An Assessment of Realism; a Case Study of the Theory Behind the Gulf War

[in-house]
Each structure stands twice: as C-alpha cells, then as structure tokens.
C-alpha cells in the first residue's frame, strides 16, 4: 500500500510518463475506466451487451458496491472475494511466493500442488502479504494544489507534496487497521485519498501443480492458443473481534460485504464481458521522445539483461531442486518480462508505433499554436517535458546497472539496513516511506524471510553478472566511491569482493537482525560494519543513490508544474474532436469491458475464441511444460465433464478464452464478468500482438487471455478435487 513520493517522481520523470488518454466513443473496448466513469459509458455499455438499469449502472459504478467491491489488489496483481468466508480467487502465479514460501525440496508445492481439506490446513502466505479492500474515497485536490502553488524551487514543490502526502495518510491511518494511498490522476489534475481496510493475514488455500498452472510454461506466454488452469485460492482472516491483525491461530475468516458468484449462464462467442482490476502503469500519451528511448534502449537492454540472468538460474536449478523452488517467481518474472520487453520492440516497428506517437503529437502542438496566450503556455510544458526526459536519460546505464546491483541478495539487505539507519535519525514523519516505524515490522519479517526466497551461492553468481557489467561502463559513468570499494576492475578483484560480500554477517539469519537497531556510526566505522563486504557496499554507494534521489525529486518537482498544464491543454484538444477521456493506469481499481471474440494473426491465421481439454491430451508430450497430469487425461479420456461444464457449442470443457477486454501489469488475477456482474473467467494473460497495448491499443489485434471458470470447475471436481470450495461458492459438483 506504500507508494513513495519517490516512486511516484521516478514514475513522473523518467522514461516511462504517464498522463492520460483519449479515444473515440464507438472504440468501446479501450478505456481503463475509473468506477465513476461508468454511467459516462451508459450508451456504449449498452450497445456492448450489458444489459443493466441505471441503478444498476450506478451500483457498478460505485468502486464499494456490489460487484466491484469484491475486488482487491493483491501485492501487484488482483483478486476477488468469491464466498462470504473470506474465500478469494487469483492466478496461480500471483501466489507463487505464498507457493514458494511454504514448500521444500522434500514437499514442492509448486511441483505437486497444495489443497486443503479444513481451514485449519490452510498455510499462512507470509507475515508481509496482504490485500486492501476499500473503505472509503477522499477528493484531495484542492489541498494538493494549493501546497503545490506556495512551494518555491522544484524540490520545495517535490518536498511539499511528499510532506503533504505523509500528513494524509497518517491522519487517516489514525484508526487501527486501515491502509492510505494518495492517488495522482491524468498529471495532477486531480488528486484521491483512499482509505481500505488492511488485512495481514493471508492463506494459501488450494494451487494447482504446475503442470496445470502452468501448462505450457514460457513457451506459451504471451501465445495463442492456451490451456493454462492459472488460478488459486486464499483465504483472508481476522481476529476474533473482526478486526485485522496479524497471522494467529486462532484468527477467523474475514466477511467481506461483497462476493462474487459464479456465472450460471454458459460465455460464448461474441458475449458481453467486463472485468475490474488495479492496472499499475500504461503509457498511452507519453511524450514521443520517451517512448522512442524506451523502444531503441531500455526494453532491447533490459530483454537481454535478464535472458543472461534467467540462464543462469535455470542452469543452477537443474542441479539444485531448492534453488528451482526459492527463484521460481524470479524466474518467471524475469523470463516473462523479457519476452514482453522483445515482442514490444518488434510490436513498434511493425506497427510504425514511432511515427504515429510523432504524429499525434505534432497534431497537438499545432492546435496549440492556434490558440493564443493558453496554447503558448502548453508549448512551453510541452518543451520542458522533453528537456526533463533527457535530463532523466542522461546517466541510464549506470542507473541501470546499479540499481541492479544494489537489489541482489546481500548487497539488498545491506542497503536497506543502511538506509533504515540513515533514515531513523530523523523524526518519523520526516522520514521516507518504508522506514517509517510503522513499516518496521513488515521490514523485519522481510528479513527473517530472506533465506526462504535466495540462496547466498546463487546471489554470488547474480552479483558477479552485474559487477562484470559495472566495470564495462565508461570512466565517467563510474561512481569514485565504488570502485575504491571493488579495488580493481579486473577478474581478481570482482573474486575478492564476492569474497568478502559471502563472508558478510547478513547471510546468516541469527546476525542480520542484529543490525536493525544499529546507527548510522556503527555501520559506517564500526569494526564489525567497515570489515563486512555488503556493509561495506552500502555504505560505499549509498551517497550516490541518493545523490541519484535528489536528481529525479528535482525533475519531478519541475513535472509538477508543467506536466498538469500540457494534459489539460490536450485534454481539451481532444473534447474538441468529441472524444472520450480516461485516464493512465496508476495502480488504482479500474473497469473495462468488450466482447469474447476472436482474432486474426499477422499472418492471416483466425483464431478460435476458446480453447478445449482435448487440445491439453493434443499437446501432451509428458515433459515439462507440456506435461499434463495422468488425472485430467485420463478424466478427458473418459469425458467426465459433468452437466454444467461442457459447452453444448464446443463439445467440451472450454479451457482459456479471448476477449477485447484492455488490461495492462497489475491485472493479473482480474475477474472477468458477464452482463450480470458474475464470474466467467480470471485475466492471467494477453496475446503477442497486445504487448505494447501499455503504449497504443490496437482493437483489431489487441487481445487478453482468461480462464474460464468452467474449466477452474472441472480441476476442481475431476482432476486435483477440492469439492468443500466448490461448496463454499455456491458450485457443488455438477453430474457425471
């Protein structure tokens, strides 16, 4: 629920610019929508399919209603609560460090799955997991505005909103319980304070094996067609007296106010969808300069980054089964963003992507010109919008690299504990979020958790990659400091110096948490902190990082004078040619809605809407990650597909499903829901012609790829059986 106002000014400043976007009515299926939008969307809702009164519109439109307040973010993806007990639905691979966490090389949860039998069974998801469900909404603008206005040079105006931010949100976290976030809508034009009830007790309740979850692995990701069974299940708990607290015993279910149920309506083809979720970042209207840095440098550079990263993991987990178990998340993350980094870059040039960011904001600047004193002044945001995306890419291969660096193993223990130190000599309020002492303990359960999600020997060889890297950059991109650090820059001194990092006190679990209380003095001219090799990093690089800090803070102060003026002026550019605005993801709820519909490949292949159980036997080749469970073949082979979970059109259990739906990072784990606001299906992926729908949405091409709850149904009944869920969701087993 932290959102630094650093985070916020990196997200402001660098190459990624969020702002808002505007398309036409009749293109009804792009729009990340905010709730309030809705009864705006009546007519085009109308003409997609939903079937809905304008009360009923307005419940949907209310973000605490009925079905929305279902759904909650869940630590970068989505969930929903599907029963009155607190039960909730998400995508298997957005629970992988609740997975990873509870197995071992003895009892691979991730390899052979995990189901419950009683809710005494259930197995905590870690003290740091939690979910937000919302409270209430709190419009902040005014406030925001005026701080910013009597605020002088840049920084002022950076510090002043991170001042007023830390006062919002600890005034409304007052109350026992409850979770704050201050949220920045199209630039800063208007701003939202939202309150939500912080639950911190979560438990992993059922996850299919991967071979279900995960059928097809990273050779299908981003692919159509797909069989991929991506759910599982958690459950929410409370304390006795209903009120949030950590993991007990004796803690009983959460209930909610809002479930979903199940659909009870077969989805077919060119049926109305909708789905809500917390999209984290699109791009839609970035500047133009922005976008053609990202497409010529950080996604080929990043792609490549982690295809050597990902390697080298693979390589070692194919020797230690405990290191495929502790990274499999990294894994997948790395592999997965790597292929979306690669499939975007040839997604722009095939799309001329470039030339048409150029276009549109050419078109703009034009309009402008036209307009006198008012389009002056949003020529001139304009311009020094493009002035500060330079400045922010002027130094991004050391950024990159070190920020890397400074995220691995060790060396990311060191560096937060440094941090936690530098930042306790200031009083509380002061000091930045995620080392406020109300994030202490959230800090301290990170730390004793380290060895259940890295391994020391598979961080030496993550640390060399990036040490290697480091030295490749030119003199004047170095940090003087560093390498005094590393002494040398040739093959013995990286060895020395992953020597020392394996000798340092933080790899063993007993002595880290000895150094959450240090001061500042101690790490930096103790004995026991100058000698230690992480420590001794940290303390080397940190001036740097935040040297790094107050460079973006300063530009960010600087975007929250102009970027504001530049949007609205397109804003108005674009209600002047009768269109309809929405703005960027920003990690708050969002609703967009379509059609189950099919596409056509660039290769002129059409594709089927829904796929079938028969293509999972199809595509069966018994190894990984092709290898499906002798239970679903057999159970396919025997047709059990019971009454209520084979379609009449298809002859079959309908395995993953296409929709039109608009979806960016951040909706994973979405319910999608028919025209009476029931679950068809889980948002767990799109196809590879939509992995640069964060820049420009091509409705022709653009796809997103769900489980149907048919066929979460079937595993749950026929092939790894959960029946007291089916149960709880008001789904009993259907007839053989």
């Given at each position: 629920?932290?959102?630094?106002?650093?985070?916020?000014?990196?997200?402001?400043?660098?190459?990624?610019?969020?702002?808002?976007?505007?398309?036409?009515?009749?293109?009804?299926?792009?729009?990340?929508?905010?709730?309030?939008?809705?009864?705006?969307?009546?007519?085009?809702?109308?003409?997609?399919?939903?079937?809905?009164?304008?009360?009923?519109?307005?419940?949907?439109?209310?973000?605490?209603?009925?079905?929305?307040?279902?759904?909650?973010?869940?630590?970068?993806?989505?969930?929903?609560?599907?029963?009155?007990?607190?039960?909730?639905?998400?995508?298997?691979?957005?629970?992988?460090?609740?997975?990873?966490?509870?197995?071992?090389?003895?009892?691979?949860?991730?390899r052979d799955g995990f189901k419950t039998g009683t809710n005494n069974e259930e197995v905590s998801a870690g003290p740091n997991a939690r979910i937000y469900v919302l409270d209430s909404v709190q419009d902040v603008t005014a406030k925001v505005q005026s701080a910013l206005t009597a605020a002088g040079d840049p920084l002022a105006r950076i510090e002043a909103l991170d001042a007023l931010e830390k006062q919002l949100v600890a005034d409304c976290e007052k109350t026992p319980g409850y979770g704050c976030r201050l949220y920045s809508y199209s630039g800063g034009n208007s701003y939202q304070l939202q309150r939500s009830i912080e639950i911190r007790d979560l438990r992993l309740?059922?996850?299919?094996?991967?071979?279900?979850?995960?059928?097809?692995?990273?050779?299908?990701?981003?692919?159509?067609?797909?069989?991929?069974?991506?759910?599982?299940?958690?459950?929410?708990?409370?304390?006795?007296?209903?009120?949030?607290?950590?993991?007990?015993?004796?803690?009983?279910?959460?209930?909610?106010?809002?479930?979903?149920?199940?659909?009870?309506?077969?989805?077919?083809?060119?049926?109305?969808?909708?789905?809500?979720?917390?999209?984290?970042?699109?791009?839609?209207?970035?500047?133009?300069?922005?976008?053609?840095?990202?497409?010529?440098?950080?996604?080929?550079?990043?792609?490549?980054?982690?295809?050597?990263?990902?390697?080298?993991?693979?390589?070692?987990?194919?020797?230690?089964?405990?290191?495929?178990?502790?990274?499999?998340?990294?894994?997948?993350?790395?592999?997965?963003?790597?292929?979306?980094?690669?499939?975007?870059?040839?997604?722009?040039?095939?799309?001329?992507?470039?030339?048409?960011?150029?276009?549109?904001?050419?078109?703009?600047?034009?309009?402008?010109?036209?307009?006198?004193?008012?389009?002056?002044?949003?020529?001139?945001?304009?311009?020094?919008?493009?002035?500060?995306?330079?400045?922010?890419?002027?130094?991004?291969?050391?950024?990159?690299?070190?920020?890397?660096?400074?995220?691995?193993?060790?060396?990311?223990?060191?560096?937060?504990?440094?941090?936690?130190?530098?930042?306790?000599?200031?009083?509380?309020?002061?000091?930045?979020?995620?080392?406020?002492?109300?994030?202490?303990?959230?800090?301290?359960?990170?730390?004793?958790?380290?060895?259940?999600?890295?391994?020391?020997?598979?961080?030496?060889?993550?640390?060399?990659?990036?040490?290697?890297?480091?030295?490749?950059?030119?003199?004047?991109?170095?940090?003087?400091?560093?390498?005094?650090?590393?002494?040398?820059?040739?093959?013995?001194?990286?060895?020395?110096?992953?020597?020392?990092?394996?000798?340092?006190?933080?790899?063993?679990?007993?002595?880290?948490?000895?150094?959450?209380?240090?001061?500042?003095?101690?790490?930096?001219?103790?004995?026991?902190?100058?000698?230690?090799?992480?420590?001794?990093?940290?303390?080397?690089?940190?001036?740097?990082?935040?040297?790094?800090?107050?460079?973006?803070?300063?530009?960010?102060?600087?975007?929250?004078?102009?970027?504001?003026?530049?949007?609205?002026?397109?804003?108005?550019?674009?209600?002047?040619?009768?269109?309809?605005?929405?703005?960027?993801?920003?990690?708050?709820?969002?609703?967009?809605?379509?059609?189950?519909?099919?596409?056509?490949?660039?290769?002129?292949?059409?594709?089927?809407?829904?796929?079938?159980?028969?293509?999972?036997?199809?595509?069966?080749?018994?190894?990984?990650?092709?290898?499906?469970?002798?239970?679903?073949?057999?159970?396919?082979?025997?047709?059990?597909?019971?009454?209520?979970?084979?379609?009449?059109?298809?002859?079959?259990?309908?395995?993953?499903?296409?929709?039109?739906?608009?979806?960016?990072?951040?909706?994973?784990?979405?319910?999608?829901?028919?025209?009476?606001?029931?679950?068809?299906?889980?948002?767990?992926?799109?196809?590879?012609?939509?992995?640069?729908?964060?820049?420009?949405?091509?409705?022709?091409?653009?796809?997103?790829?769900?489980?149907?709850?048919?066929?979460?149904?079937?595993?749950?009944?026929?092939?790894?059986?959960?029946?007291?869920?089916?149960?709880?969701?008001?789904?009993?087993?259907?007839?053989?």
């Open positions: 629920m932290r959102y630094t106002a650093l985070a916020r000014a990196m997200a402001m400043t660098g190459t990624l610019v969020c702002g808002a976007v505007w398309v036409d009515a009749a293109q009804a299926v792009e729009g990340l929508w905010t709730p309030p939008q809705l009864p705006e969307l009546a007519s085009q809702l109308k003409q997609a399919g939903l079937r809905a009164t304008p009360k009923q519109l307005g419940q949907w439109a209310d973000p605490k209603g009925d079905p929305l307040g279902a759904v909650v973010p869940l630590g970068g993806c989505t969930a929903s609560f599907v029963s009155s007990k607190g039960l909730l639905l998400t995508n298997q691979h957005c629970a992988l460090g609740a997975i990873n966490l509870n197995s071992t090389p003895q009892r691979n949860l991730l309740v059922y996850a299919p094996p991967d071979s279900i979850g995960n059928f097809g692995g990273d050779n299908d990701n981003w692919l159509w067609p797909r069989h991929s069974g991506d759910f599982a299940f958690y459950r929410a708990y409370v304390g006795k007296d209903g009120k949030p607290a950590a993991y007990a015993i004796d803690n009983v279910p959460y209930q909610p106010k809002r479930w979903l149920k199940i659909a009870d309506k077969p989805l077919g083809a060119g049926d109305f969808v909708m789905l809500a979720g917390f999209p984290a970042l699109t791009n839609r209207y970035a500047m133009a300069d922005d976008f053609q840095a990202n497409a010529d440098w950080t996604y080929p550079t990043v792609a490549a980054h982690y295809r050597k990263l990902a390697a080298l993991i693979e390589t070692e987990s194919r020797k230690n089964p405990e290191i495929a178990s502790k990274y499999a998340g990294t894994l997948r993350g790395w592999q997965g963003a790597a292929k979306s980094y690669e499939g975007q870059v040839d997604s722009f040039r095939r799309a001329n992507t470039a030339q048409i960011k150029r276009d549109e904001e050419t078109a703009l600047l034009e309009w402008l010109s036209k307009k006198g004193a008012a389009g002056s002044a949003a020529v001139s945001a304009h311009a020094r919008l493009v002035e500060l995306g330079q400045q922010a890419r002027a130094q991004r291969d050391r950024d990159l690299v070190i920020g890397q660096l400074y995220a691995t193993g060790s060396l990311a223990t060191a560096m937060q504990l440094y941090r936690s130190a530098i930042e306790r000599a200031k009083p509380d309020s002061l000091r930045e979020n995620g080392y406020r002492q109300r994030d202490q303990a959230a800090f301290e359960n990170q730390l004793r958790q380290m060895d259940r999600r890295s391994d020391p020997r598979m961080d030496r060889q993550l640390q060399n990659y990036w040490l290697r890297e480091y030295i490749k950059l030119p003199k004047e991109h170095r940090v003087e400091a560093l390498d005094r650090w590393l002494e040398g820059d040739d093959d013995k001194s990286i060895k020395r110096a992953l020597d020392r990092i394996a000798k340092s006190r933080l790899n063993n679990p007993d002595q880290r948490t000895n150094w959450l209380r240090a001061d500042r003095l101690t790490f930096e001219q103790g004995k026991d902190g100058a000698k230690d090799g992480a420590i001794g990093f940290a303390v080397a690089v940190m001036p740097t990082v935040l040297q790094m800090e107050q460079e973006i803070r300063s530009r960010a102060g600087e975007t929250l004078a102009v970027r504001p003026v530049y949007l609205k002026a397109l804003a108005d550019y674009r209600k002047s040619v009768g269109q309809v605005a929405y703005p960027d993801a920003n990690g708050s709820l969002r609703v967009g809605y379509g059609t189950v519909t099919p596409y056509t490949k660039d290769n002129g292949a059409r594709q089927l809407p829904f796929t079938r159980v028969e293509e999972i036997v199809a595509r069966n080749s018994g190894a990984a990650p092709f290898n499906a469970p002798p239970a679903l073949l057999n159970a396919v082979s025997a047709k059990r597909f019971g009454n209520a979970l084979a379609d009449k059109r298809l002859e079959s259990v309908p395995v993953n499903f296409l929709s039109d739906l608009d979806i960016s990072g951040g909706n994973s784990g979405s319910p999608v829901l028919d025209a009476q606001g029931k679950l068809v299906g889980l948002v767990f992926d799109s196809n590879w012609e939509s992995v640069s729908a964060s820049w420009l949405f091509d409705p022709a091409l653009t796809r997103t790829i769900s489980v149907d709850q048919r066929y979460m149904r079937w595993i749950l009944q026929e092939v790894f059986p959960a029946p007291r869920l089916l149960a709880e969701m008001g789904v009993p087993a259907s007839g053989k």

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As the world becomes increasingly globalised and the geographical boarders that once separated nations are eroded by the advancement of technology, explaining the behaviour of state interactions is a vital step in predicting the future of the international world. One tool in analyising the way states can potentially interact with each other is through the application of international theories. If a theory can be found to apply to the international system in a valid way this does much to support the explanation of international interaction that the theory introduces. This essay proposes that by applying the theory of Realism to the Persian Gulf conflict occurring in 1990, the theory can be evaluated as a successful theory, as its primary causes stemmed from realist assertions that states seek to maximise their power, evident in the United States’ focus on preserving economic and political interests in the region. Power in an international sense can be defined as having the means to get a state to do what they would not otherwise do. To understand this conflict it is necessary to gain some historical perspective and investigate the precursors for the conflict itself. Before understanding the Persian Gulf conflict, it is necessary to explore the historical background surrounding the Iraqi invasion of Kuwait. Iraq had previously been involved in a large scale conflict between itself and Iran. The conflict left Iraq economically weak as well as costing the lives of a significant number of civilian and military personnel. “The Iraqi foreign reserves plunged from $35 million at the start of the war to $3 billion” One of the biggest issues to come from the conclusion of the war was that the Iraqi government was left hugely indebted to other nations, primarily Saudi Arabia and Kuwait. “Its foreign policy would be defined accordingly.” These economic tensions in Iraq quickly evolved into diplomatic issues with Saudi Arabia and Kuwait which ultimately motivated Iraqi aggression which led to the conflict. One of the prevalent motivating factors for Iraq was the refusal to remove the war debts Iraq had with Saudi Arabia and Kuwait. This, coupled with accusations that Kuwait had been exceeding its Organization of the Petroleum Exporting Countries (OPEC) quotas to potentially drive down the price of oil had a detrimental impact on the economy of Iraq and aggravated its government. After threatening military action against Kuwait, Iraq launched a military invasion of Kuwait on the 2nd August 1990. In response to the invasion numerous nations involved themselves in resolving the conflict with perhaps the most active nation being the United States and its launch of ‘Operation Desert Shield.’ The invasion had put Iraqi forces in position to effectively attack Saudi Arabia if they chose to do so, which in turn also put Saudi oil fields at risk of being putting under the control of Iraq. This was a major issue for the United States, which had close ties to the Saudi government and depended heavily on oil exports from the region. The traditional outlook of the United States concerning foreign oil was succinctly stated by the former Director of the Office of Fuels and Energy; “The U.S government is greatly concerned that American oil companies abroad should be able to continue . . . a mutually agreed relationship with host government” Therefore there is a substantial argument to support that the United States involvement in the conflict largely centred on the ‘shielding’ of this national economic interest. However, this is not to say that economics was the sole motivating factor of the United States involvement. It can be argued that the conflict also allowed the United States to assert itself as a political super power. It has been put forward that while institutions such as the United Nations (U.N) were used as the vehicle for organising forces for Operation Desert Shield, the U.N only served to legitimise the United States’ intervention...
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